This follows the remarkable visit to China of the foreign ministers of Middle East rivals Iran and Saudi Arabia, where they agreed under China’s mediation to improve their historically contentious relationship. Most importantly, just days ago, Taiwan’s former president Ma Ying-jeou became the first current or former Taiwanese leader to visit the mainland since Taiwan broke away in 1949, and during his visit he spoke of the “common inheritance of blood, language, history and culture” between the two sides, raising hopes in Beijing that reunification can still be achieved without risking a potentially catastrophic conflict. In short, Xi Jinping wants to be (at least perceived as) a peacemaker, and though Taiwan’s future remains of far more importance to him that any of these issues, China’s president is unlikely to reverse all these diplomatic victories by stumbling into a costly war.
There are more basic reasons why China is unlikely to move against Taiwan soon. Xi has watched carefully as Russia’s President Vladimir Putin has provided a vivid demonstration of just how unpredictable, costly, and humiliating an ill-conceived war can be. Taiwan, backed with generations of sophisticated and powerful American weapons, has been preparing for a possible Chinese invasion even longer than Ukraine has prepped for a full-frontal assault from Russia, and given the complete lack of Chinese combat experience over the past 44 years, Xi understands that the risks of Pyrrhic victory – or even of defeat – are real. At a time when China is emerging from the world’s most draconian lockdown and its worst economic slowdown in decades, Xi is likely to be extra careful about the fights he picks. At least for now.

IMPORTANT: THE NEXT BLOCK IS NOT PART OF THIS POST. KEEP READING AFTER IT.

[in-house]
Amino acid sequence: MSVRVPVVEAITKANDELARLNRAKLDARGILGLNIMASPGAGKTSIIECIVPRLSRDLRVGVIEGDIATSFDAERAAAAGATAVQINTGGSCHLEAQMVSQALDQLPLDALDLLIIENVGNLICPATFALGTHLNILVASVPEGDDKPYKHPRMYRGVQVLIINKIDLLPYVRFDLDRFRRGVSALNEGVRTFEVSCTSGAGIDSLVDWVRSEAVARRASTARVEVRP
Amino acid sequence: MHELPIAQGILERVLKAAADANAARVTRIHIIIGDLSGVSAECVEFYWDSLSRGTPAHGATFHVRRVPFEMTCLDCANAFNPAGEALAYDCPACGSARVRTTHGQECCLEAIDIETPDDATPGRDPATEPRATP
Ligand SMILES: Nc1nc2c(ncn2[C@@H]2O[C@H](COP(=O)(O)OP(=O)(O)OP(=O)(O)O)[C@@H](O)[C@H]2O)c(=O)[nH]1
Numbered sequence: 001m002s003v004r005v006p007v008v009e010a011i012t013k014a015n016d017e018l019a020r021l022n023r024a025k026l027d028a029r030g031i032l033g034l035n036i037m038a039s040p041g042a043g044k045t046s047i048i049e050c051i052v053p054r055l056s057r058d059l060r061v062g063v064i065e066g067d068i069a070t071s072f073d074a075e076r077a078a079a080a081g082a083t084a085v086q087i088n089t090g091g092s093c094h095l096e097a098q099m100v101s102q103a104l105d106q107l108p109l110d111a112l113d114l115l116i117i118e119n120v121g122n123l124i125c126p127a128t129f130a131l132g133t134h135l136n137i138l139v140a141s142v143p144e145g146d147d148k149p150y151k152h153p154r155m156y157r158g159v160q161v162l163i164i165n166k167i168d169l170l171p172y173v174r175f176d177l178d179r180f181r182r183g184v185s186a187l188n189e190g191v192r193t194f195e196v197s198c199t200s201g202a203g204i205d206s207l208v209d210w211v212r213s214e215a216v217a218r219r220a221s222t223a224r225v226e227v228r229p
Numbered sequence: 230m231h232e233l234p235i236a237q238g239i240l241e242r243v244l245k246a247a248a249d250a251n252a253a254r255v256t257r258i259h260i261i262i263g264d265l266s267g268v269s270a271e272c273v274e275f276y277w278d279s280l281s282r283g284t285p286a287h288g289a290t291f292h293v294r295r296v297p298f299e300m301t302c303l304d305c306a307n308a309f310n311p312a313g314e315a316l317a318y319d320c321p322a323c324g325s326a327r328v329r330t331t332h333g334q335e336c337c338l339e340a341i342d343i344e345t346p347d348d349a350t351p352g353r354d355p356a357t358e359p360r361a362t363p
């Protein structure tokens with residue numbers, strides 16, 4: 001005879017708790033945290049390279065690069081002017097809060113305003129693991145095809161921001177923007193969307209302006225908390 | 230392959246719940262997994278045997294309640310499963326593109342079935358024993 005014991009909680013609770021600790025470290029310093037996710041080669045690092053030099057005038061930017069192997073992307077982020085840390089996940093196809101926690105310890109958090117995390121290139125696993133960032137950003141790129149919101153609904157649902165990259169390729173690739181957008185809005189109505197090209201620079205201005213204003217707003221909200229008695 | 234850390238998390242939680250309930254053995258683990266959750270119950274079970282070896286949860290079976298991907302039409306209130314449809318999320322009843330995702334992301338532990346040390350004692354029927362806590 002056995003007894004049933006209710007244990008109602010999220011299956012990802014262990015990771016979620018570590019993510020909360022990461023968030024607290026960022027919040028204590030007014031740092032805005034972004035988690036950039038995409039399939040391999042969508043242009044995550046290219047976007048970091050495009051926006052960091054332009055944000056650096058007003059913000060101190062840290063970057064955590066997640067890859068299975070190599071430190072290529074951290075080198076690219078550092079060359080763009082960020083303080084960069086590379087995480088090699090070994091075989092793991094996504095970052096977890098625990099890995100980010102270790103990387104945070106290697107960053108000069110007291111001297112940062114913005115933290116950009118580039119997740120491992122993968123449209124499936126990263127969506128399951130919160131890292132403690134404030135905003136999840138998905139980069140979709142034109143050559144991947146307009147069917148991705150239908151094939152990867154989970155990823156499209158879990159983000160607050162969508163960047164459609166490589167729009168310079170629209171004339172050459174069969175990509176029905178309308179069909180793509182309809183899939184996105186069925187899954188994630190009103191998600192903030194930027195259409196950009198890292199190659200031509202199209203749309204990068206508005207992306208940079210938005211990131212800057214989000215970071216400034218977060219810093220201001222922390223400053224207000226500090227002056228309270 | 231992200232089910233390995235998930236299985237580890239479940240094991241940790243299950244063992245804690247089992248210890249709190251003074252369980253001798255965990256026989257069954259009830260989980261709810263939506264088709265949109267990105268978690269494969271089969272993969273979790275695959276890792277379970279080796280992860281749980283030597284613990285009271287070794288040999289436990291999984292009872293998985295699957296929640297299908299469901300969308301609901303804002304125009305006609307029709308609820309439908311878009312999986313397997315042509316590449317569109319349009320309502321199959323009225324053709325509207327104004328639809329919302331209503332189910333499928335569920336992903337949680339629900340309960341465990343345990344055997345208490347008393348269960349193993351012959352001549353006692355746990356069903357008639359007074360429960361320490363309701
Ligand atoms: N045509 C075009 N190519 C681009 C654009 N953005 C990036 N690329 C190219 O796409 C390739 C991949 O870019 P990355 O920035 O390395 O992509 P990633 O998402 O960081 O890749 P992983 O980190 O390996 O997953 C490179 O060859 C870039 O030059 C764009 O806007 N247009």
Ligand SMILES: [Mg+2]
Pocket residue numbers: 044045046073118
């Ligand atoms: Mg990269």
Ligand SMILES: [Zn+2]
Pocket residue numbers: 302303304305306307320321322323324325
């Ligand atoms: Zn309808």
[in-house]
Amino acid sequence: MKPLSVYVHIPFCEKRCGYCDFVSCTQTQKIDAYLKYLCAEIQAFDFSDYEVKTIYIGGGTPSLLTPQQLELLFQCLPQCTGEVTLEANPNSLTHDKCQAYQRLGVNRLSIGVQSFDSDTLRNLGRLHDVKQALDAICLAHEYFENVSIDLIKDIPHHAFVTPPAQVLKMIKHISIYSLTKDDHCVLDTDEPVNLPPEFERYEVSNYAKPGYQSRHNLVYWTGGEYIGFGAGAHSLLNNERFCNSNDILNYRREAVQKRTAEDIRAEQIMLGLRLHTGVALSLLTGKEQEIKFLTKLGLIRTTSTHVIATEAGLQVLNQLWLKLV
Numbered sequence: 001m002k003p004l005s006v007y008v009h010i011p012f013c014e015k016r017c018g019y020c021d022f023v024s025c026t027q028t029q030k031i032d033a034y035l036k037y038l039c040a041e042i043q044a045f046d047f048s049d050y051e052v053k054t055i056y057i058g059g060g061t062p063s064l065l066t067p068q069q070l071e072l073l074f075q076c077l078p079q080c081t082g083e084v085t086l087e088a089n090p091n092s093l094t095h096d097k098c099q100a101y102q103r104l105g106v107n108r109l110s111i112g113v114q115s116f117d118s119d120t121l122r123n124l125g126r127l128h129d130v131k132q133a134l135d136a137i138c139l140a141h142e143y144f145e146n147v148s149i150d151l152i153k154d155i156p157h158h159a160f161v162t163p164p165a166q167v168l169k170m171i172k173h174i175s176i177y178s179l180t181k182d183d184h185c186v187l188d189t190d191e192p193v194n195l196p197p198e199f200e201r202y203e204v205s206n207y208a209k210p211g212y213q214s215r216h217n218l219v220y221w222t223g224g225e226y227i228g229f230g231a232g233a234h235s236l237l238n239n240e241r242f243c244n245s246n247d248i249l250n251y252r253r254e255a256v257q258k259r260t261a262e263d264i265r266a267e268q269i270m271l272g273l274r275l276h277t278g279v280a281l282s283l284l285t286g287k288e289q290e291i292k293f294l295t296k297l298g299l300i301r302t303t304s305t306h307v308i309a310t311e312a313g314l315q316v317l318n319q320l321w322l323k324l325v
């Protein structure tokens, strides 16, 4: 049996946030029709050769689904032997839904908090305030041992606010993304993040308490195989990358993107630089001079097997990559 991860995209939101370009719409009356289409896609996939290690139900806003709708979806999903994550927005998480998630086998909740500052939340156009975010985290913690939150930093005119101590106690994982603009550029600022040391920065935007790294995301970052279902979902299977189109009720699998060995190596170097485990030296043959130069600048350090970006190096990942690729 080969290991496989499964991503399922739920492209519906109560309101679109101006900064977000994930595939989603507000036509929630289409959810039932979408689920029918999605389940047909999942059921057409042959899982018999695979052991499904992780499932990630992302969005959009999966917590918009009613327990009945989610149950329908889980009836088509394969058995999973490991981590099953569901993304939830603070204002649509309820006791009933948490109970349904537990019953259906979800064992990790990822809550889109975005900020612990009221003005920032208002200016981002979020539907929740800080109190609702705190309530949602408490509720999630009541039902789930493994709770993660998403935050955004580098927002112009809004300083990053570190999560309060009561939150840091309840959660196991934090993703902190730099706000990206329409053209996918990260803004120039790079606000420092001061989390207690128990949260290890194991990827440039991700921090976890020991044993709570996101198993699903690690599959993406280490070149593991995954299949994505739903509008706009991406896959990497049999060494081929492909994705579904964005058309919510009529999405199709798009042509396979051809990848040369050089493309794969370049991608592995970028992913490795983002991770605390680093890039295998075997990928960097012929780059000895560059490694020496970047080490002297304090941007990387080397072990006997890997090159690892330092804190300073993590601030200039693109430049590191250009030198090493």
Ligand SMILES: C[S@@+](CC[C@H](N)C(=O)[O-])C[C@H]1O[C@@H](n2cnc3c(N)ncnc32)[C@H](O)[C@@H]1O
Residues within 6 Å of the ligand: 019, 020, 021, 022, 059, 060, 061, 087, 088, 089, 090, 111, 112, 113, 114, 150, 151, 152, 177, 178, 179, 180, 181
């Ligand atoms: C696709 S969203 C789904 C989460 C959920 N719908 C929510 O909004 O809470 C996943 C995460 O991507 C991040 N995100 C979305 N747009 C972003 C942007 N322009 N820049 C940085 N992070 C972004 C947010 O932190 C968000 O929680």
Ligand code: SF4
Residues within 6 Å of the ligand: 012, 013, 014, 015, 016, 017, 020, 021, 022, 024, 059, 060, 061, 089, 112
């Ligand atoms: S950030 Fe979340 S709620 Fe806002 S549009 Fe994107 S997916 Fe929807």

There’s also the critical issue of semiconductors. About 90 percent of the world’s most sophisticated computer chips are made in Taiwan. Aware of the risk this creates, China, the U.S., and others are working as quickly as possible to lessen the risk of economic catastrophe that would result if that production were dramatically slowed or even halted, but self-sufficiency in chip production is years away for every country. China is loath to risk conflict that would leave its economy without access to the 21st century’s most important economic resource.
One day, China may invade Taiwan, triggering a war with global implications. But that day isn’t soon. When and if it does, the timing will be determined by China’s leader, not as the result of any diplomatic provocation, but by his own calculation of benefit and cost. For now, it’s still possible to hope that cooler heads can one day find a diplomatic solution to avert a war that would have disastrous implications far beyond Asia.